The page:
MLA, Risk, Pop Culture (An Update)

This post is coming much too late, especially at the speed that scholarship is being produced in Digital Humanities, but this should serve as a belated update on my activities since ASA, which was many, many months ago. Alas, this is a poor excuse, but the madness of returning to teaching, writing, coordinating, and job candidate visits (8 total at UCSB) days after MLA has proven to be quite the struggle. I can only be thankful that I’m not yet on the job market.

That said, the long term prep leading up the the job market (which will be a little while yet, for myself at least) is in full swing. As any graduate student or academic attending and listening in on talks at MLA and elsewhere about the crisis of academic employment knows, professionalization has to start early. So here I am (or there I was). I presented a paper at MLA, on the “New Media, Old Labor” panel, about labor as subject, object, and process in Kate Pullinger and Chris Joseph’s “networked novel” Flight Paths and the Voces Moviles blog out of LA. I am still working on this paper, which will hopefully be expanded for publication. I’ll post some slides and excerpts from the talk soon. I received great feedback, and had many friends in the audience, but as my co-panelist (who has seen my present in various venues before) stated, “I’ve never seen you so nervous before.”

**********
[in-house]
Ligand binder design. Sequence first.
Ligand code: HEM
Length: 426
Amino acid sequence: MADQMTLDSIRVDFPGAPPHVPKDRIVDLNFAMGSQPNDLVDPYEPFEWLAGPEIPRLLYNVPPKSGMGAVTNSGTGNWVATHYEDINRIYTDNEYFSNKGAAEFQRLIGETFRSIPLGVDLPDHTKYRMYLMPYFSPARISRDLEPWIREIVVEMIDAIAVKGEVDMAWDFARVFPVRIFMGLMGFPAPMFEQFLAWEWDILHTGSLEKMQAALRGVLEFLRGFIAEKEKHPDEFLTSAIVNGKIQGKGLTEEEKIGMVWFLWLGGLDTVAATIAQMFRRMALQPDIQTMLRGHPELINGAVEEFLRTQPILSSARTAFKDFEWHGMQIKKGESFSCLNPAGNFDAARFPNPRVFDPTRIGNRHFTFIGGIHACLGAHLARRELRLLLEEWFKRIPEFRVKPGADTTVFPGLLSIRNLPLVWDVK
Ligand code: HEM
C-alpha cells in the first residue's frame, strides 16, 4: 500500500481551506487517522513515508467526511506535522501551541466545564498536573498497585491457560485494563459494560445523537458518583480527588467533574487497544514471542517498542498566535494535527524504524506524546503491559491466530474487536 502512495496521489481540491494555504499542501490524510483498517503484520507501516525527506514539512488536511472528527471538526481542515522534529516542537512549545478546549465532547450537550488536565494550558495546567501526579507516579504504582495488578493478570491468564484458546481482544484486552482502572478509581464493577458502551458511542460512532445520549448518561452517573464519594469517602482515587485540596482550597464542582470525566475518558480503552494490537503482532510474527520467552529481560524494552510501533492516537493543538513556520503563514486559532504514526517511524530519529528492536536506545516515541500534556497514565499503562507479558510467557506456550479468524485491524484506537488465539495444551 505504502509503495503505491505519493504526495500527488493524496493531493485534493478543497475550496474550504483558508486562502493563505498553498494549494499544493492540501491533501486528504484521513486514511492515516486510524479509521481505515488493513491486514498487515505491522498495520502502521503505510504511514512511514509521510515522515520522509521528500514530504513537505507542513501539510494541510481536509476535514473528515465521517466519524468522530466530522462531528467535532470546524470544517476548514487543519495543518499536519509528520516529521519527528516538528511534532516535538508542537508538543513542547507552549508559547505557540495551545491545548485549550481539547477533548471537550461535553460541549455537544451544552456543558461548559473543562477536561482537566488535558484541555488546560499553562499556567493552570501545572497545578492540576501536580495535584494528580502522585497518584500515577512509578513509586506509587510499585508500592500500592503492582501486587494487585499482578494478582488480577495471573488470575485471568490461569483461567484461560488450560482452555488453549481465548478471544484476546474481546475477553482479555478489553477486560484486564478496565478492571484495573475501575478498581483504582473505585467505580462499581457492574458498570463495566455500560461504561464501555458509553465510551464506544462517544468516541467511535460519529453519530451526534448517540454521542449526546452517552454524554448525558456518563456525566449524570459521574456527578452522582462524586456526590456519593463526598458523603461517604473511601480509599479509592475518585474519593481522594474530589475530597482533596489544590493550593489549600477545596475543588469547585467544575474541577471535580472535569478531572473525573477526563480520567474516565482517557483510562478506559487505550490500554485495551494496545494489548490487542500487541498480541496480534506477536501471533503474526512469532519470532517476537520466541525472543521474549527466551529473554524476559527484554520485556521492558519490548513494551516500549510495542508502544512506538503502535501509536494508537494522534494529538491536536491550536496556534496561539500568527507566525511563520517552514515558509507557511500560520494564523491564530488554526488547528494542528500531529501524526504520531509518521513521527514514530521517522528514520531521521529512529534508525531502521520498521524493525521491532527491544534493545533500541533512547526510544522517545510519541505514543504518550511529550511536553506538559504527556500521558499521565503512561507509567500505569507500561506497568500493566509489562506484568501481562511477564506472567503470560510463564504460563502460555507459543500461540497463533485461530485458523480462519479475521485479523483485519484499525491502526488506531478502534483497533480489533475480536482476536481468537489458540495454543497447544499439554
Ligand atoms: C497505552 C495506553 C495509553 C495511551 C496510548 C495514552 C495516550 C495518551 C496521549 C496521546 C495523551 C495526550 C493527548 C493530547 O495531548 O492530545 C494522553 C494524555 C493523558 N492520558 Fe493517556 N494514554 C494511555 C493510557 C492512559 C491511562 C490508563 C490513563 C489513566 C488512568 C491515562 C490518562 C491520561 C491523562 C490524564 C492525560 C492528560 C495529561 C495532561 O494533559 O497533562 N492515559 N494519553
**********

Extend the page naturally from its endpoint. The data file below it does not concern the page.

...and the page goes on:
I’m currently co-teaching a course with my advisor, Bishnupriya Ghosh on “Risk Society,” which is an absolute pleasure, and absolutely terrifying. Then again, how can a course on risk, speculation, waste, accidents, and pandemics not be?

Next quarter, I’ll be teaching Asian American popular culture. I’m currently working on the syllabus now, and it will be posted under “Courses.”

A more substantial, research-oriented post to follow soon. Most likely after my first chapter on Dubai is submitted to my committee. Wish my luck!

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